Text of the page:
Wednesday, November 5, 2014

Past the Moon

Read: 1 Timothy 2:1-8

I will therefore that men pray every where, lifting up holy hands, without wrath and doubting.                                                                                             1 Timothy 2:8 

   When Neil Armstrong stepped off of Apollo 11 onto the surface of the moon on July 21, 1969, he became the first human to accomplish such a feat. The space race with Russia had been occurring for some time, and this marked a victory for the United States. Though John F. Kennedy had been assassinated before he could watch this momentous occasion, it was he who had proposed, before Congress, the national goal to land a man on the moon before the end of the 1960s. Almost as amazing as the moon landing itself was the fact that a world-wide audience was able to watch the events unfold on live television. Neil Armstrong’s communication back to earth as he stepped onto the moon’s surface has become the remark that remains associated with all of space flight. He described the landing as “one small step for [a] man, one giant leap for mankind.”
     As amazing as it is to think that science had come such a long way that we were able to communicate at such extreme distances, we have a Heavenly Father with Whom we can communicate in a much more significant way. Far past the moon, the galaxies, and the universe is a land called Heaven, where God resides. There are no vast networks of satellites, no high-tech equipment, and no expensive radios needed to communicate with Heaven. Getting the attention of God is just a whisper away. In fact, He even knows our thoughts. He knows what we are planning to tell Him before we even think or utter those thoughts. That is amazing!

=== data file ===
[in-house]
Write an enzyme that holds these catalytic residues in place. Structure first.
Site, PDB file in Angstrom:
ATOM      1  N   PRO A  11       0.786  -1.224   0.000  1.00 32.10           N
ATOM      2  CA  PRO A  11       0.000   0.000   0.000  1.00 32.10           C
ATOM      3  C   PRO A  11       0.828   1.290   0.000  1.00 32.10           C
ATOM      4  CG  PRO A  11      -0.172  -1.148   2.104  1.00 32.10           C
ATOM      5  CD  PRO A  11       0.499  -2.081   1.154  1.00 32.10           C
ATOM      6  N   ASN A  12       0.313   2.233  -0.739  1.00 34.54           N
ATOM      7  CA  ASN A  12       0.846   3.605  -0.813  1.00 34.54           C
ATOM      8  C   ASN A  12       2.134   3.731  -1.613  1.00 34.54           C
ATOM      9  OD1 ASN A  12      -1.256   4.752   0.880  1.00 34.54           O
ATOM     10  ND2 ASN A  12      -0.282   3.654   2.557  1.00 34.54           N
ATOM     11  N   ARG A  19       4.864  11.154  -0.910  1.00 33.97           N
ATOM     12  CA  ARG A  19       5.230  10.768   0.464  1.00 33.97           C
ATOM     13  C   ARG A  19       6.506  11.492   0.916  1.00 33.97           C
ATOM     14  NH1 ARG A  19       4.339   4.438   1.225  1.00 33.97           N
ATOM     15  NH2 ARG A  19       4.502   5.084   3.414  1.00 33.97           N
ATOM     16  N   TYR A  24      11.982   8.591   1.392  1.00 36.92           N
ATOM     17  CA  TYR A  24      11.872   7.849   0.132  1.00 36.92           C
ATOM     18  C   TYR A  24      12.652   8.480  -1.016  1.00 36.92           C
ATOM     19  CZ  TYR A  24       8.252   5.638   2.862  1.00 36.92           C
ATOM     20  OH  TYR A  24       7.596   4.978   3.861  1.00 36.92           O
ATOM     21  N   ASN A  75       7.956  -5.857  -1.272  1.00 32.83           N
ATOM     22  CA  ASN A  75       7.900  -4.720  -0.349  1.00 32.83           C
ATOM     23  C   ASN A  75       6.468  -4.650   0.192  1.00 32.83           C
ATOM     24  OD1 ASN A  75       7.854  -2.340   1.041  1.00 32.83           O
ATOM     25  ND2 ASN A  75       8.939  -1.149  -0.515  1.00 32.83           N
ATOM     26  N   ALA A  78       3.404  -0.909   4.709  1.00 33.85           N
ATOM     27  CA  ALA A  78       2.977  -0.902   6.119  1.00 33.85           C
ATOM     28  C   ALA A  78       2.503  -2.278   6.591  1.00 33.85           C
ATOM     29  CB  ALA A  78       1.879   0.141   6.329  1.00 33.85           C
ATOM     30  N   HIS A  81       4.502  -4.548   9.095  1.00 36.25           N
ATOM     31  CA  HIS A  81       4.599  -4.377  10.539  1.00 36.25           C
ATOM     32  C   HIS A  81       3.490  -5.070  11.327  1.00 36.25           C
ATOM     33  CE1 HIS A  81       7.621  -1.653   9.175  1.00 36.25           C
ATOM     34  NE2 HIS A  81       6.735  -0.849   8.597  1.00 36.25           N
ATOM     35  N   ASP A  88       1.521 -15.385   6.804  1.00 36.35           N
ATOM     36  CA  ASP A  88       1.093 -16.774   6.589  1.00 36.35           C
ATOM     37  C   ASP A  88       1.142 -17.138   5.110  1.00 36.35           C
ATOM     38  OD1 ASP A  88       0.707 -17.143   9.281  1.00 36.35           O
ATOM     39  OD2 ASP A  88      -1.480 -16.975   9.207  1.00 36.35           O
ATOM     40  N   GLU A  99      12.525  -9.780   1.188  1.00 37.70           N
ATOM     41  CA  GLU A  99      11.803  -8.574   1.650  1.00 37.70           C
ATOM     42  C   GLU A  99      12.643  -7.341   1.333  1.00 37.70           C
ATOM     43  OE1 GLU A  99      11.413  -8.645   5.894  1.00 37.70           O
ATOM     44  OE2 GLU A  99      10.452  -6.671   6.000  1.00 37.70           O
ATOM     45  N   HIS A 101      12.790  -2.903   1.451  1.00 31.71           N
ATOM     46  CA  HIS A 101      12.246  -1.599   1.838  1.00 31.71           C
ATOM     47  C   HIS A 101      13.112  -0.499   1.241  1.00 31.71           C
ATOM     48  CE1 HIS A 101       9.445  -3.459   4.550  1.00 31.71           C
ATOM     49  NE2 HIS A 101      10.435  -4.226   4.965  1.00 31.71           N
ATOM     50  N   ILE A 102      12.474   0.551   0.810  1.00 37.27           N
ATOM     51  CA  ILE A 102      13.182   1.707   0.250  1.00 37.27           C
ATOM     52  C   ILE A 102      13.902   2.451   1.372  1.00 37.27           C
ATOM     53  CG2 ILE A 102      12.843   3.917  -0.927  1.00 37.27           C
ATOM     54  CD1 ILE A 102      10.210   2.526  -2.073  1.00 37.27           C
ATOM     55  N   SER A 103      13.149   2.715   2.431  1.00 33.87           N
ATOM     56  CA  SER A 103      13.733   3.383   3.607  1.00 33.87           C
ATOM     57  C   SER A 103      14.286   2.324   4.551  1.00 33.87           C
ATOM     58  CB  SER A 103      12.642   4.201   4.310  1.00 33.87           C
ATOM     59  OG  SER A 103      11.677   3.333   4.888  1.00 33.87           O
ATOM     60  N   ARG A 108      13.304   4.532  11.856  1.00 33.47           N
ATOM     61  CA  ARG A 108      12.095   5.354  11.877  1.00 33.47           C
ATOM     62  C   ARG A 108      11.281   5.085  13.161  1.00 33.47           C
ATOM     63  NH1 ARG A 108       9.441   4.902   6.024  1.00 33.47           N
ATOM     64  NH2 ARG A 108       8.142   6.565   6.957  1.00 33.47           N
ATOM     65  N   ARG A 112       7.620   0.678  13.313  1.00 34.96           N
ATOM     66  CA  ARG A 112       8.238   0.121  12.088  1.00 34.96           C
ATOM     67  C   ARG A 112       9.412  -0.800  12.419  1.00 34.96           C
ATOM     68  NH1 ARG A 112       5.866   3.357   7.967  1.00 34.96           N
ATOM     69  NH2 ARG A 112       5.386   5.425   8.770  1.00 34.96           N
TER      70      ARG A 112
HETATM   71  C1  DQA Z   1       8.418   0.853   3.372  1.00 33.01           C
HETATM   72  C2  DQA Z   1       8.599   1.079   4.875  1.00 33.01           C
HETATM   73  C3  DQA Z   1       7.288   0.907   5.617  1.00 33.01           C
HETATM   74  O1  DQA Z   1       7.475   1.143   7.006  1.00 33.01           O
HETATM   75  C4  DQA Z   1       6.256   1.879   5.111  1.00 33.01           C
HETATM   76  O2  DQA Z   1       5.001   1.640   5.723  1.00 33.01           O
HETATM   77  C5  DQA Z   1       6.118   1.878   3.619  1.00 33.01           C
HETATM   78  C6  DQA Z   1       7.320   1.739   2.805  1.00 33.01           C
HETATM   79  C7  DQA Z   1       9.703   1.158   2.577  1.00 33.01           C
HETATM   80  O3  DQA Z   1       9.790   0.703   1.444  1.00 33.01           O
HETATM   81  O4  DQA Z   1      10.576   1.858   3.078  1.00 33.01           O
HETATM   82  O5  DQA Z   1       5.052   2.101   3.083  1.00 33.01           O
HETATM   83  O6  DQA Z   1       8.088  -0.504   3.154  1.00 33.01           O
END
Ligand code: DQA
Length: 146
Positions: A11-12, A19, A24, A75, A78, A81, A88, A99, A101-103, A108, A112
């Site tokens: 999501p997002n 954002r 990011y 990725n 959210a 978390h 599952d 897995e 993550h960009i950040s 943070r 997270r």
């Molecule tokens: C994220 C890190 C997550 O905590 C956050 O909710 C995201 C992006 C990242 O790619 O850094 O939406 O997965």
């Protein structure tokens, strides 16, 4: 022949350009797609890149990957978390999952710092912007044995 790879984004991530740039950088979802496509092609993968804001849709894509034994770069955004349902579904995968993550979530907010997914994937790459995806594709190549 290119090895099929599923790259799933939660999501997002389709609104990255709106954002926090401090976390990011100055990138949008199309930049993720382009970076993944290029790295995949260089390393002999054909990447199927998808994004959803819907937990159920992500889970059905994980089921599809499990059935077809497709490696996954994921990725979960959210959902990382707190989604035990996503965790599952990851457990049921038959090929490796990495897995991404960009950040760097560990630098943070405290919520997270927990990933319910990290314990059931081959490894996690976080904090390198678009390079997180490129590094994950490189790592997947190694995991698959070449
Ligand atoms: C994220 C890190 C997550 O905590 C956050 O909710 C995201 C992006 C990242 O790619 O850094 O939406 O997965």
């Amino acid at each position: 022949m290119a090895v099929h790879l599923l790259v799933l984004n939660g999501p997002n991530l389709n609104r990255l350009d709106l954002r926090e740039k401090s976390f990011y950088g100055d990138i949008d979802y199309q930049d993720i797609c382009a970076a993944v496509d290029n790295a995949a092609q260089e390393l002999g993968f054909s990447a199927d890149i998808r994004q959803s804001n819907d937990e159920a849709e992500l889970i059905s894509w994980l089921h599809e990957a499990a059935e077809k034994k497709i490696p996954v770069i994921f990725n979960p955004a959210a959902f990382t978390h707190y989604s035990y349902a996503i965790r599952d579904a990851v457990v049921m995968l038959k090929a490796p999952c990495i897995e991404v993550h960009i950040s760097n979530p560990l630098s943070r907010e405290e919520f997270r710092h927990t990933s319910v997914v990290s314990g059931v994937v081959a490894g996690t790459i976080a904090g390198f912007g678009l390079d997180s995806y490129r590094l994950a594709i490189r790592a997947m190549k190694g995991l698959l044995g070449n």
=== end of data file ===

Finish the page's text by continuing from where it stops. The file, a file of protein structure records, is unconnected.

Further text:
What is interesting is how enamored we become with new communication technology. Sure, it is interesting; but how, then, can we have a lackadaisical attitude toward the fact that we can have one-on-one communication with the King of the entire universe – and He is billions of miles away? Why do we not see prayer as an incredible line of communication? While many would admit that it is nothing short of miraculous to be able to speak with God in this way, few are willing to spend time on their knees talking to God. Most people would relish the opportunity to speak on the radio with an astronaut in space; yet, God is only a prayer away, and we should take full advantage of the opportunity to pray. How is your prayer life? Do you treat prayer as the fascinating line of communication with God that it really is? Let’s put to full use this special privilege, starting today.

Quote of the day: “A day hemmed in prayer is less likely to come unraveled.”

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